When we meet strangers, and I have to introduce the girls, I sometimes avoid having to identify our relationship by just saying their names, but everyone assumes I am their young mom. Other times, I say, “This is my kid.” Sometimes, the girls will get a wicked look in their eye and introduce themselves—“I’m her daughter.”
When they come over to our apartment for taco night or to eat my famous dinner of “engagement chicken”—which I got from this very magazine—and roast potatoes, we choose shows to watch “as a family”—like High School Musical, or AJ and the Queen, and it is forbidden to watch those outside of that arrangement—the four of us and our dog, Frankie, on the couch, with chamomile tea and snacks, blankets draped over us. The girls always raid our pantry for snacks seconds after finishing dinner and my partner makes their teas just so, with ice cubes and sugar, in mugs they choose.
The girls’ dad once told me I should be able to claim the girls as dependents on my taxes, but I wasn’t keeping them alive. I didn’t feed or clothe them daily, didn’t put a roof over their heads. Their parents did that. But I was spending a lot of money on them, and there was no way for me to formally recognize with the government that I kind of did have kids. Sort of. It was an alternative family structure, and the IRS has never been good at recognizing those. Not for queer families, of which I’m a part, and not for those who relationships don’t adhere to the traditional nuclear structure. I also, for example, help take care of my mom and brother and the IRS doesn’t have a form for that either.
Having the girls in my life hasn’t changed my decision about wanting kids in the conventional sense. But it has made me resolve to always have enough money and be emotionally stable enough to serve as a sturdy presence. I didn’t seek out Franny and Brianna. We stumbled onto each other and we fell in love with each other and we became family. I do think of them as my children and I know they think of me as their mom. I hope and assume that once they’re grown up, and I no longer have this exact role in their lives, I’ll find more family. I would like to do this again, I mean, and so would my partner. Other kids need us, too.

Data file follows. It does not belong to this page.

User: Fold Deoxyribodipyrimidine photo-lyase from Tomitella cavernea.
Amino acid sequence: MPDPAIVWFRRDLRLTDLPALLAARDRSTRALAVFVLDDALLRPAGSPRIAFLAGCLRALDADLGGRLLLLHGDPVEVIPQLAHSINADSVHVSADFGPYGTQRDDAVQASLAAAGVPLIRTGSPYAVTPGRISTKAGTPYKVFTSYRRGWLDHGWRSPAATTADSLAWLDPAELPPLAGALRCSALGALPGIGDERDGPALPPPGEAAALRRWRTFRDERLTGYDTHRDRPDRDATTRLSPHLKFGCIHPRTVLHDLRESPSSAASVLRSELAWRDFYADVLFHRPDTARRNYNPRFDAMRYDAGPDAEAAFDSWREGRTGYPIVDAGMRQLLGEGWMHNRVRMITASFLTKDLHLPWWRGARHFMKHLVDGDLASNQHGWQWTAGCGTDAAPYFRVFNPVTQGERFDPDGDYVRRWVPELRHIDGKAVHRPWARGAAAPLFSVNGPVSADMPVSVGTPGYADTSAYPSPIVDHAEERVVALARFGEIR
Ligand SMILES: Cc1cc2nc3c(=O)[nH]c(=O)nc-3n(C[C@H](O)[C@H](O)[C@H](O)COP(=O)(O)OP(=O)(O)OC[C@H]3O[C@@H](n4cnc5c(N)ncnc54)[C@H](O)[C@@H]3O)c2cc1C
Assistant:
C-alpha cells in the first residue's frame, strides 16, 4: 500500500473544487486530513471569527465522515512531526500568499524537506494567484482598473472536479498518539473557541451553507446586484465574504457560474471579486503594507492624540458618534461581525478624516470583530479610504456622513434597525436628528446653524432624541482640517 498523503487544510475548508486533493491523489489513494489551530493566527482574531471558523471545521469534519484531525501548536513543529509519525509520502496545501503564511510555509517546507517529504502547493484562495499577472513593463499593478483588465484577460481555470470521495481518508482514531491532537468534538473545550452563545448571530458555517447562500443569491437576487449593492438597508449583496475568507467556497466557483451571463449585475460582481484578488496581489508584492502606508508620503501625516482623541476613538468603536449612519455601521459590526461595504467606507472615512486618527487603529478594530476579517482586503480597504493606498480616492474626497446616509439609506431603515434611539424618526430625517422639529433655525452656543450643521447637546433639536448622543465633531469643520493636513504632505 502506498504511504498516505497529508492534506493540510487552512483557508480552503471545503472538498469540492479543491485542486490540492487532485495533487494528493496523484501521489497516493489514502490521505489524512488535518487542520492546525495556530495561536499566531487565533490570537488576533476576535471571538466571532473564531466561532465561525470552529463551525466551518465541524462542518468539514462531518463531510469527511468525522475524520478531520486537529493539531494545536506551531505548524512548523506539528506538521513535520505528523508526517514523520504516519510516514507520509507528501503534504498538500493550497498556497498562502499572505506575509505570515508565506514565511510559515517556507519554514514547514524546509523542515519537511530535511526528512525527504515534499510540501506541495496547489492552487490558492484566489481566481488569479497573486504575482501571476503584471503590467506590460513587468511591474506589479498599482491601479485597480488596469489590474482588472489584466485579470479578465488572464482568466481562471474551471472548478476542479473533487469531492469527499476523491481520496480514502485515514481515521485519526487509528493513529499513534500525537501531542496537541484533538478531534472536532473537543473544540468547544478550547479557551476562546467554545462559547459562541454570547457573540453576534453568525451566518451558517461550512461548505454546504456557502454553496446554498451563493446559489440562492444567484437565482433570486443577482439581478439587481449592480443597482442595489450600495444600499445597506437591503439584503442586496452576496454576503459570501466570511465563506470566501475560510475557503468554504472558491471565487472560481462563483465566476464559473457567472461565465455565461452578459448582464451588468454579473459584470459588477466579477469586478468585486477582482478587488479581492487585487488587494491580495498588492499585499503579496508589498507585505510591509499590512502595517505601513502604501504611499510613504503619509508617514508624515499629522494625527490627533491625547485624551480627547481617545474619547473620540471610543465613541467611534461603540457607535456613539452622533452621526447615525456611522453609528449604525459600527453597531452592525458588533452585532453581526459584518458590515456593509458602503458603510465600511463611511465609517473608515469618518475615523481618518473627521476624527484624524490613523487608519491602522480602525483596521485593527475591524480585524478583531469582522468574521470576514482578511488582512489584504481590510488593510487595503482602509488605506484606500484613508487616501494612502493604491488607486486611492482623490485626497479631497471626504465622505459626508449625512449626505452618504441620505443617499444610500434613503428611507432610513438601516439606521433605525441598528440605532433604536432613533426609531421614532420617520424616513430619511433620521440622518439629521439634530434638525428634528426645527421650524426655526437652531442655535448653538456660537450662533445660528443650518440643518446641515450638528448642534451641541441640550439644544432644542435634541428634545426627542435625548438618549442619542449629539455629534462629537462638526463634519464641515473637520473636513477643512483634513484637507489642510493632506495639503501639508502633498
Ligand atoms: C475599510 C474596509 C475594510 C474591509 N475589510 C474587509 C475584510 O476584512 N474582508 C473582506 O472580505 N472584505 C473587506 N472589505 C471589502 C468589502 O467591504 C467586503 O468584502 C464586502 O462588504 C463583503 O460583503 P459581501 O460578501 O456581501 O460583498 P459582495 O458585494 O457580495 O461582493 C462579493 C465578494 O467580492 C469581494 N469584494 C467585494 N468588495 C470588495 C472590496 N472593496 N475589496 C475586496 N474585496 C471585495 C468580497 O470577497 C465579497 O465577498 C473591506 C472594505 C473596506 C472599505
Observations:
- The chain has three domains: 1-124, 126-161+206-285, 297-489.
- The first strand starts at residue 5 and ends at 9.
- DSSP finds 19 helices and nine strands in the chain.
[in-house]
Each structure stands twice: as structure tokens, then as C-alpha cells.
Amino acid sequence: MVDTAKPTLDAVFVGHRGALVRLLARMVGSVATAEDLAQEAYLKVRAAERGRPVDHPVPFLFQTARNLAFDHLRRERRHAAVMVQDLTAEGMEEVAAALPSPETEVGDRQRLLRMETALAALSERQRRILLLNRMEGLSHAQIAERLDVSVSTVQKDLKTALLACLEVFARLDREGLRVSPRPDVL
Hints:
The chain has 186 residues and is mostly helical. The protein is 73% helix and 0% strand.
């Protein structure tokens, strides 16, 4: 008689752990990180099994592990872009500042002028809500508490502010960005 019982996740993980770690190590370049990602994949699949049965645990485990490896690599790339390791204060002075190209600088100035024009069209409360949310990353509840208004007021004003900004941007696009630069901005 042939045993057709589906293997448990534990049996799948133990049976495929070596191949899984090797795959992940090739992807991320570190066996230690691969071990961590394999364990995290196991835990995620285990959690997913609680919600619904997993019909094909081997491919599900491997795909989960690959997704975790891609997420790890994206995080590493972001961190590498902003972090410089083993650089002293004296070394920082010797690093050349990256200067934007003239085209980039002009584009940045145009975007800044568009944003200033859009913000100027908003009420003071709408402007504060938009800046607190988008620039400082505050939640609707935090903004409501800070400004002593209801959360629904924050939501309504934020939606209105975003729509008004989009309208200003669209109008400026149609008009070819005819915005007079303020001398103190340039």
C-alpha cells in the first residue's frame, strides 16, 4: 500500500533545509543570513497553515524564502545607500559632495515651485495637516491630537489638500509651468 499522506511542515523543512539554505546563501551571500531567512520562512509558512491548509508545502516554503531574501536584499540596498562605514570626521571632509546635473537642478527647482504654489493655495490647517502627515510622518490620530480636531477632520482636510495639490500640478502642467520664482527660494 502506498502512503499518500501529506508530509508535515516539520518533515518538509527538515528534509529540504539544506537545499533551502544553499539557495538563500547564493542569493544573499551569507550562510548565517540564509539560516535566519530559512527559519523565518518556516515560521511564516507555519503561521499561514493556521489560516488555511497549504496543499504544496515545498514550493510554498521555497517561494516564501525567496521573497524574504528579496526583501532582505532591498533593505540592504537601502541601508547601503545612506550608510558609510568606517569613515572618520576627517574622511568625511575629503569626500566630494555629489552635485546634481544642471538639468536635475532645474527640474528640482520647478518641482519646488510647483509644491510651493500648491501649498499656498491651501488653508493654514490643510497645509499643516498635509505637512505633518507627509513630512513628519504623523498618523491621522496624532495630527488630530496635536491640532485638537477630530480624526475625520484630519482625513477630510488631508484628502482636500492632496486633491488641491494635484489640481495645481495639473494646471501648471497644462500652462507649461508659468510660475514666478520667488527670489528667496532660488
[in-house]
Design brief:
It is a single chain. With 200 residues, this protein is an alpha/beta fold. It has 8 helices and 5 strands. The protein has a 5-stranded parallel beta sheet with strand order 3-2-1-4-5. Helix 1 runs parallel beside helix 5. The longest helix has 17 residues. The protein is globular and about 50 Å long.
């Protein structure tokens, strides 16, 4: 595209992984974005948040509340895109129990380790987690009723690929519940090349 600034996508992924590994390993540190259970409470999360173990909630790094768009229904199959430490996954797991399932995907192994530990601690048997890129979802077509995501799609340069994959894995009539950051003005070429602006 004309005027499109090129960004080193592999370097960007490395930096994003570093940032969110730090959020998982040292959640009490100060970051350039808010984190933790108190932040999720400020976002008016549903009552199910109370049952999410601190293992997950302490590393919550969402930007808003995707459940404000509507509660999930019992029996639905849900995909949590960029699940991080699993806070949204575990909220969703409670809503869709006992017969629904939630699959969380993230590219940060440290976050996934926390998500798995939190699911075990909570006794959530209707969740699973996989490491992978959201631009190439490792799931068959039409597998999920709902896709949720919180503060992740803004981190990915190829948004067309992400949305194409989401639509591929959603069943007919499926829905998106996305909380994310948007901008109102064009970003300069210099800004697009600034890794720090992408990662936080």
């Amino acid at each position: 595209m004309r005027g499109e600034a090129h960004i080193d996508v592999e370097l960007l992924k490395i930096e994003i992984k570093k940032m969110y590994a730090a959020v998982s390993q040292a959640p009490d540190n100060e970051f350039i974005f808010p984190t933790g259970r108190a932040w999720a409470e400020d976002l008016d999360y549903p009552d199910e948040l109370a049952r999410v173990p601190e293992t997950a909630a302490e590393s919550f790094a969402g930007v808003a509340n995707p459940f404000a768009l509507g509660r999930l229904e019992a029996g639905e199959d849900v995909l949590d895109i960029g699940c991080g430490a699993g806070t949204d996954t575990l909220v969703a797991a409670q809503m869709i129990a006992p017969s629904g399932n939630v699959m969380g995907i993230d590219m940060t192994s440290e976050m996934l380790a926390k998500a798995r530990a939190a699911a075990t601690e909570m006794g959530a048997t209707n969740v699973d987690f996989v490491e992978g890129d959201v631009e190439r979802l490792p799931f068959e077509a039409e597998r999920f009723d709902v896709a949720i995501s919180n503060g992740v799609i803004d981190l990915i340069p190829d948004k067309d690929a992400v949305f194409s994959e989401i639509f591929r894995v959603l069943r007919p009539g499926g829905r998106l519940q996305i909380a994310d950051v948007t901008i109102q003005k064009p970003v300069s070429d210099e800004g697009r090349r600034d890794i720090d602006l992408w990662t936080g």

I’ll never forget the look on their faces when one Christmas, I gave them gift cards to Barnes & Noble, when they wanted some hot new Air Jordan release. And they’ll never forget the look on my face when they showed me what they’d bought with those gift cards—not books, but Yale hoodies and stuffed animals from the Yale bookstore, where I earned a graduate degree.
I’ll never forget the feeling of getting a call from Brianna, her knowing she could tell me [redacted] and we wouldn’t judge.
I’ll never forget the feeling of finding out the boy advice I’d given Franny and Brianna had spread from girl to girl in their high school like wildfire, putting the fucbois in their lives on notice.
They’re my kids. And they’re not. I’m their mom. And I’m not. And that’s the case for millions of families in this country, families who have been affected by the war on drugs, by mass incarceration, by detentions, by deportations, by poverty, by the opioid crisis, by Covid-19. Millions of us have stepped in to take care of children who need us in very specific ways and we’ve come to love them so that they might as well be our blood. This is what family looks like.
Karla Cornejo Villavicencio is a writer who lives in New Haven. Her first book The Undocumented Americans is out now.